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Measured by area, District 13 is one of the largest in the Indiana House, taking in all or part of eight counties in west central Indiana. It extends east from the Illinois state line and stops short of the West Lafayette suburbs; in between is a flat, sparsely populated grid of county roads and two-lane highways with the occasional farm town at a crossroads. The biggest, at 3,200, is Attica. Its location on the Wabash River fueled its early growth over its neighbors, and it is home to century-old Harrison Steel, a steel castings maker that employs about 750 and is still headquartered in Attica. Its scion, Joe Harrison, was once a force in the Indiana Senate.

Attica’s main legislative presence in Indianapolis now is Sharon Negele, a fifth-term Republican in the Indiana House. A Michigan transplant, she has an MBA, owns an Attica chocolate shop and served nine years as city clerk. Negele’s no-drama, good-government approach to legislating places more emphasis on balancing budgets and maintaining the state’s credit rating than it does on social issues or culture wars. In a 2018 interview with the Lafayette Journal & Courier, she said she favors “a pragmatic way that provides solutions for constituents, not hyperbole … seeking a thorough knowledge of the subject and a willingness to take a bipartisan approach for maximum consensus.’’

Although Negele has sponsored legislation to limit abortion, she was among Republicans to break ranks with leadership to oppose a bill in 2016, eventually signed into law, banning abortions sought because of fetal defects and another in 2017 that would have curbed drug-induced abortions; the latter passed the House but did not make it out of a Senate committee. She backed leadership in voting against an amendment to remove rape and incest as exceptions to the 2022 abortion ban and voted for the ban with the exceptions intact on its final passage.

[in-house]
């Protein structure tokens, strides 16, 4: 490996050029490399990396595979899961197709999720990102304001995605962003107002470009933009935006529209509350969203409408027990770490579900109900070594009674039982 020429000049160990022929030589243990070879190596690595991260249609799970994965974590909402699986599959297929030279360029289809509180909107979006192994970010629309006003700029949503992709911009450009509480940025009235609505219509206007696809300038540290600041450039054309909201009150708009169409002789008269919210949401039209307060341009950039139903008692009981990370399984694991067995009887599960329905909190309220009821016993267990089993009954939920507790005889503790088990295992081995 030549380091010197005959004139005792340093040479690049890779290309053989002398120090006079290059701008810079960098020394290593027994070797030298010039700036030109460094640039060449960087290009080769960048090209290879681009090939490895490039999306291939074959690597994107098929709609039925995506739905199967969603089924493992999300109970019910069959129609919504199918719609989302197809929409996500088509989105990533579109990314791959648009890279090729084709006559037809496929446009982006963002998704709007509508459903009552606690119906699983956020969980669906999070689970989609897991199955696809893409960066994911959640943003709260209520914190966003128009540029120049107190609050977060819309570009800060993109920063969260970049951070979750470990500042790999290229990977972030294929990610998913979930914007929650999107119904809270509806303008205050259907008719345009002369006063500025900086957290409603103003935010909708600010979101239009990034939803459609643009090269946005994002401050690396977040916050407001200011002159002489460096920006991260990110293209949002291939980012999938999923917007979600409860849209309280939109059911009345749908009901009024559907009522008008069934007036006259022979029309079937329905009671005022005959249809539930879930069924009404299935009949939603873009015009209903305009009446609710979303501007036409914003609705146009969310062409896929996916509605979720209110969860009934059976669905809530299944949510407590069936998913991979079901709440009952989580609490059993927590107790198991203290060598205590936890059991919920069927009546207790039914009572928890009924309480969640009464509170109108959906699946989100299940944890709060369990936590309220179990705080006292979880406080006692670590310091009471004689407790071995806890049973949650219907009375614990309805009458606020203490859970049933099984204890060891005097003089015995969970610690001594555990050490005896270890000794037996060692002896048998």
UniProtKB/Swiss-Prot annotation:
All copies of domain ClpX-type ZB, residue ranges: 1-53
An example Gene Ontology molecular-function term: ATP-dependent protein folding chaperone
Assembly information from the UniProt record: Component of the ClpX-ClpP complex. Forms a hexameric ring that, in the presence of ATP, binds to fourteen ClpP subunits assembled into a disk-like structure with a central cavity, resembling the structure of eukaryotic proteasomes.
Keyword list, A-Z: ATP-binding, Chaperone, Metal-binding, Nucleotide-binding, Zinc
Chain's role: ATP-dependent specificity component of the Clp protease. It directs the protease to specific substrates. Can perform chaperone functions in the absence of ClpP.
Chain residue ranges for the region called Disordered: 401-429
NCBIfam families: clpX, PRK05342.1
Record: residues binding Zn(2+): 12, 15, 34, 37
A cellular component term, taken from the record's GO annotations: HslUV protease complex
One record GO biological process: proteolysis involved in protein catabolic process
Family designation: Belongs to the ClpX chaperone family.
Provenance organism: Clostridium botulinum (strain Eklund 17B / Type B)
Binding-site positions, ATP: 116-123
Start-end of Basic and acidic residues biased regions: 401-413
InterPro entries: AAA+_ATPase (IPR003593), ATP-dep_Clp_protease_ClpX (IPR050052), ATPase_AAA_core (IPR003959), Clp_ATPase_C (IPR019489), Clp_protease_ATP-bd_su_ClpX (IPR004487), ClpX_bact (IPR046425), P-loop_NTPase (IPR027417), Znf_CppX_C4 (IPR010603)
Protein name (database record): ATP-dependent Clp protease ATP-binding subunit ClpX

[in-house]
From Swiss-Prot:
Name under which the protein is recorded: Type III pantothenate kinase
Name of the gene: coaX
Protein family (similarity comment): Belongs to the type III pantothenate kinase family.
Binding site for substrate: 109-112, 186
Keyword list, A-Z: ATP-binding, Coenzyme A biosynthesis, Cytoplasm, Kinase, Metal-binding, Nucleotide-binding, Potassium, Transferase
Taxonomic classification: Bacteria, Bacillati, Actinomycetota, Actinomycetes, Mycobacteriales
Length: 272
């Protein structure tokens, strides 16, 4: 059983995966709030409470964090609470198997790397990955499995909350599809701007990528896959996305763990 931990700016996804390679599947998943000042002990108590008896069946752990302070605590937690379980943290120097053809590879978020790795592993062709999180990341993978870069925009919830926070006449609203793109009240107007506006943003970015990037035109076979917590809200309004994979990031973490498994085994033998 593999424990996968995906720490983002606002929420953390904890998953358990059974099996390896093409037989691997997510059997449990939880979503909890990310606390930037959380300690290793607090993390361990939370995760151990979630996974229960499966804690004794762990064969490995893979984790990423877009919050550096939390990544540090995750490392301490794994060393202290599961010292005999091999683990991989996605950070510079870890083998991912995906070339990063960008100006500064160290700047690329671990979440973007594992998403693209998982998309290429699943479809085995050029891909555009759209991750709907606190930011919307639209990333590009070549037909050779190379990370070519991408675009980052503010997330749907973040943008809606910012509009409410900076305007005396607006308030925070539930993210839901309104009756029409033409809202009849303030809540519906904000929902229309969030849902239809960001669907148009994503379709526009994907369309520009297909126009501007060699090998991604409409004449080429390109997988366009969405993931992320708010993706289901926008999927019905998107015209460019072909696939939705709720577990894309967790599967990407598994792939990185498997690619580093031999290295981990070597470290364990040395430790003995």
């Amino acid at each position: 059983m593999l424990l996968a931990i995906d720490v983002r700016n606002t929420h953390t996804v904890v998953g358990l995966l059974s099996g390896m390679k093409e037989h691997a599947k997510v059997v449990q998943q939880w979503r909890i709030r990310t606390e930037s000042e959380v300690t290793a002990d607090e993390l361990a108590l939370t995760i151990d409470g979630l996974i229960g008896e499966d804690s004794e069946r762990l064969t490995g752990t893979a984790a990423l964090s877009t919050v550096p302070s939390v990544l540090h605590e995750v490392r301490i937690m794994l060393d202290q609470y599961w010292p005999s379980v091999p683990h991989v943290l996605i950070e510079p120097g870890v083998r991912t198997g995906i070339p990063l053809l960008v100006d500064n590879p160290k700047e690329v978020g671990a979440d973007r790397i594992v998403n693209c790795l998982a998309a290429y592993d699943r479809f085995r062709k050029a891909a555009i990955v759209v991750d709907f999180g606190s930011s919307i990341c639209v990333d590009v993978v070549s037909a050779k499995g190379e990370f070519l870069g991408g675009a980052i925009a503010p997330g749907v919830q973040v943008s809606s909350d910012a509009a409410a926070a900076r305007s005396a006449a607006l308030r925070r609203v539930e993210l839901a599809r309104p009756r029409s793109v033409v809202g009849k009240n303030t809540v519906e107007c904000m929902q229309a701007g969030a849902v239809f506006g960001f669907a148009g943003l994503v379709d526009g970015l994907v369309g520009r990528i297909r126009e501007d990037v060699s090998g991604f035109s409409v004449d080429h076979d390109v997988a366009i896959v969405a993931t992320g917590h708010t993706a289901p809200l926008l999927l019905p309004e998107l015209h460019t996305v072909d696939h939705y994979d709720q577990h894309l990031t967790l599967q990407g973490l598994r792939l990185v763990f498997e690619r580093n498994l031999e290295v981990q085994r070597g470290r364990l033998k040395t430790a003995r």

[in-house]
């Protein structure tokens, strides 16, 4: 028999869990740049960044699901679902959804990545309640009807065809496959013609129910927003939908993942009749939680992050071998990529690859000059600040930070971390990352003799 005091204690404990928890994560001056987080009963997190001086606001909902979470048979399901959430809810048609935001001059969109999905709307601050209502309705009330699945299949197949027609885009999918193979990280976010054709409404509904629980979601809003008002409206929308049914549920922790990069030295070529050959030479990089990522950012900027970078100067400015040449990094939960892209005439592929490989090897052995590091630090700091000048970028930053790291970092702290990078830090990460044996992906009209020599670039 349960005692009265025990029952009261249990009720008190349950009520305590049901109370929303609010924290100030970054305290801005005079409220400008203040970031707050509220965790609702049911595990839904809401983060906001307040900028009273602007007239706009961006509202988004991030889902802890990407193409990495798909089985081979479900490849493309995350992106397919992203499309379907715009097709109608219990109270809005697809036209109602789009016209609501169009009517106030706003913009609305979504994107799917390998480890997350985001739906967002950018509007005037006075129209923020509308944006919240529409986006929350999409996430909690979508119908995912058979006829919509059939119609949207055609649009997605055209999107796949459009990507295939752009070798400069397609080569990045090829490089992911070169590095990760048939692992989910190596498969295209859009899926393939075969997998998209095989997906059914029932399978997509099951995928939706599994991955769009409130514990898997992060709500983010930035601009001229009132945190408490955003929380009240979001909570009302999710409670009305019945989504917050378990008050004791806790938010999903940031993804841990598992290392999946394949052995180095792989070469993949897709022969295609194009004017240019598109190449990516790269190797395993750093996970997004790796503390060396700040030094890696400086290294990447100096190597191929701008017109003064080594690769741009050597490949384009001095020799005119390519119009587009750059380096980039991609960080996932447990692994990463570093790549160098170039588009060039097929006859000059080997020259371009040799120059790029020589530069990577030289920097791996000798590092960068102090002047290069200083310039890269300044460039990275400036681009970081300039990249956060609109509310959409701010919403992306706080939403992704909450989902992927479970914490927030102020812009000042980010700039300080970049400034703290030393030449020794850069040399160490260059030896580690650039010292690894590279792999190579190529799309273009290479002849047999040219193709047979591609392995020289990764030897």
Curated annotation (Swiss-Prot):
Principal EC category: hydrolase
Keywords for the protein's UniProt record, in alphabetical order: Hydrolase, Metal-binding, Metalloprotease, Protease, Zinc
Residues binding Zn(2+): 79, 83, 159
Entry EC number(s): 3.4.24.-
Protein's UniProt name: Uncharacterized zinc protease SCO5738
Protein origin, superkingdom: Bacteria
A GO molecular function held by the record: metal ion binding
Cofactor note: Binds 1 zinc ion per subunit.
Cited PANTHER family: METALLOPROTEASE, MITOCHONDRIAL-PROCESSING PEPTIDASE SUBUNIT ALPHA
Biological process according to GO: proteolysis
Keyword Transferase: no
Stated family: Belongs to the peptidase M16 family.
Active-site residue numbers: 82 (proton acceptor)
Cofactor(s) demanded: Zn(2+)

Negele figures prominently in efforts still underway to expand broadband and bridge the digital divide in rural areas such as her own. In 2019, she was primary author on legislation that created a state commission to commemorate the centennial of women’s suffrage.

Since an initial, unsuccessful bid to unseat an incumbent Democrat in 2010, Negele has won her terms by increasingly comfortable margins, including an uncontested run in 2014. She won with 73%  of the general election vote in 2020 and was unopposed in either party in 2022. Negele was a key player in crafting wraparound legislation to the 2022 abortion ban that provided additional funding to families and children as well as an additional $200 refund to taxpayers intended as inflation relief -- possibly putting her in line to succeed retiring House Ways and Means Chairman Tim Brown in 2023. – Kevin Morgan